There are certain rules that should be understood and followed whether you are planting a tiny Seed or a 15' Tree. These rules are usually mentioned in the planting instructions, but seldom explained. We will attempt an explanation.
The less time spent between leaving the Nursery and planting in Mother Earth, the better their chances of vigorous new growth. And a Plant dug out at a Nursery will do better than one that has spent weeks and months in a truck or on a store display. Some of this success is due to the superior root system. We suggest buying Plants from a store with a 1-year Growth Guarantee. Save your dated sales receipt.
Most rooted plants and trees will benefit from being submerged in water until all bubble activity stops. This will ensure that the Roots and Rootlets are not allowed to dry out further than they already have. Liquid Plant Food may be a more beneficial bath.
Trees and shrubs that are too large to submerge should have their foliage sprayed with water for the same reason. Then keep them in a cool shady place, preferably out of the wind. You can further protect them with plastic until you get them planted.
Many seeds have hard coats that may benefit from soaking them overnight in warm water. This procedure may result in quicker and more complete sprouting.
For Trees and some larger Shrubs, you will dig a considerable hole. The sides should be straight (plumb) and the bottom should be flat (level). If you dig past Topsoil into Subsoil, you will notice a change of soil appearance. Topsoil is usually darker. Put these two soil types in two distinct piles or containers. Plan to have the plant at the same depth it was growing in the nursery.
Fill the hole with water, being careful not to disturb the Cone. This is done to saturate the surrounding soil so it does not absorb moisture from the sifted soil in the hole. While the water is dissipating, remove the larger stones and debris from the Topsoil that you removed. These can be picked out by hand, or a Sifter can be used for this purpose. A Sifter is a very useful addition to your Garden Shed.
For Trees and large Shrubs, pound three equally-spaced stakes into undisturbed soil at the edge of the planting hole. Tie cords to each stake to support the plant for several months until the roots take hold.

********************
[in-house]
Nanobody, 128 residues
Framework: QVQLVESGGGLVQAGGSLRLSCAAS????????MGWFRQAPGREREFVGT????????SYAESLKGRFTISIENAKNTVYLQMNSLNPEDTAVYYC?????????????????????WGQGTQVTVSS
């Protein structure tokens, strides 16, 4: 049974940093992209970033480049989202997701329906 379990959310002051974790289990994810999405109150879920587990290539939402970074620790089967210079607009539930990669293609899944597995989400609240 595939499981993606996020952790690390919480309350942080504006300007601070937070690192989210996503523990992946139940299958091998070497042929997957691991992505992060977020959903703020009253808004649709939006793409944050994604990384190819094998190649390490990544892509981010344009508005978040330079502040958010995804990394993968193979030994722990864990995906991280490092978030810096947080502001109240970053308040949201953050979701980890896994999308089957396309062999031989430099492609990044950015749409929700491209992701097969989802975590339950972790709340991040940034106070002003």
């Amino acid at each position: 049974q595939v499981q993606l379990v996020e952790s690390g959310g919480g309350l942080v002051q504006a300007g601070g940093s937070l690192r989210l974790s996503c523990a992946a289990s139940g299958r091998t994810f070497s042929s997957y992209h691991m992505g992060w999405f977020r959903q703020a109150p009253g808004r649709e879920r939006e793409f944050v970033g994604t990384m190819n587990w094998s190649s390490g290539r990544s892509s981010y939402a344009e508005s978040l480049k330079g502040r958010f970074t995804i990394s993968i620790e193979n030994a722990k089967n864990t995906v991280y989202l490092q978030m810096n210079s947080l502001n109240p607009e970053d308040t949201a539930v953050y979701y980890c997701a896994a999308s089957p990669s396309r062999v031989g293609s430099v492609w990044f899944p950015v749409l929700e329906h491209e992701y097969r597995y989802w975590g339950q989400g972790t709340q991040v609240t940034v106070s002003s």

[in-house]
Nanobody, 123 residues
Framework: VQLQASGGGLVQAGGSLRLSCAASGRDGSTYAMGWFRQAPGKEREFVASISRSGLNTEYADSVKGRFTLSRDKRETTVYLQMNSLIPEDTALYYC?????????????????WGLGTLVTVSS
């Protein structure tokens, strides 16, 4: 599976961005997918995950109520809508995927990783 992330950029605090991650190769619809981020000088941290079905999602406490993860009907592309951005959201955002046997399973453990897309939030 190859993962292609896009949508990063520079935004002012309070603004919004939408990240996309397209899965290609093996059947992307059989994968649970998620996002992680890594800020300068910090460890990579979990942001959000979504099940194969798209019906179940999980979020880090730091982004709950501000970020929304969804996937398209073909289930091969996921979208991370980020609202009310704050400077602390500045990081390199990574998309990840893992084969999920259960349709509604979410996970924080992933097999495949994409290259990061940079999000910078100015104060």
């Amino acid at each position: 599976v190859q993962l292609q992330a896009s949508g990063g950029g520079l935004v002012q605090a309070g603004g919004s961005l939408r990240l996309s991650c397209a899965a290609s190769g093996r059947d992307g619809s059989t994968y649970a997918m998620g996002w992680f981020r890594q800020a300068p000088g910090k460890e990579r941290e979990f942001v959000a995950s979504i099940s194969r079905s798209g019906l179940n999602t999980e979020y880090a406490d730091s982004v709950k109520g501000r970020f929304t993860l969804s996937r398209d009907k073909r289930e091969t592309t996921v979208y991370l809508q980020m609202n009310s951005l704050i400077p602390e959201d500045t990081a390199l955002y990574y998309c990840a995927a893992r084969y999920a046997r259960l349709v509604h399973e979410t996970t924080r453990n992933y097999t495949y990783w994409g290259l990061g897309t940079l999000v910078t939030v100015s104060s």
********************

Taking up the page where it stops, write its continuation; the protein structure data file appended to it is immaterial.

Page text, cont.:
the Roots and Foliage.
There is controversy surrounding the addition of Fertilizers or Compost in the planting hole when planting Trees and Shrubs. Opponents suggest that the roots may grow in this limited area, rather than reaching out of the hole for nutrients which would make a larger, more stable support platform. Using Topsoil should provide a happy medium.
Tamp every 3-inch layer of soil with your shoes, being careful not to damage bark or roots in the process. It is important that the soil be in firm contact with the roots to allow them to extract water and nutrients from the soil. Pockets of air will impede this extraction process and the resulting growth.
You can build a berm or basin using the Subsoil to contain rain or irrigation water. A 6-inch layer of mulch will help protect the loosened soil from the drying effects of Sun and wind. Landscaping Fabric placed under the Mulch will stop weeds, but admit water. Trunk Guards will help protect trees from rodents, trimmers and mowers.
Plants will benefit by protection from the drying effects of Sun and wind. Plastic supported above a row of Garden Vegetables or draped over a shrub or tree will help to retain moisture. A daily foliage dampening from your Garden Hose will also be beneficial. This is best done in the early morning to avoid Fungal Diseases.
Water the plant lavishly every
day for the first week. After that , weekly watering should suffice until
you see new growth forming. From then on, watering can be done at the same
time as the watering of nearby plants.
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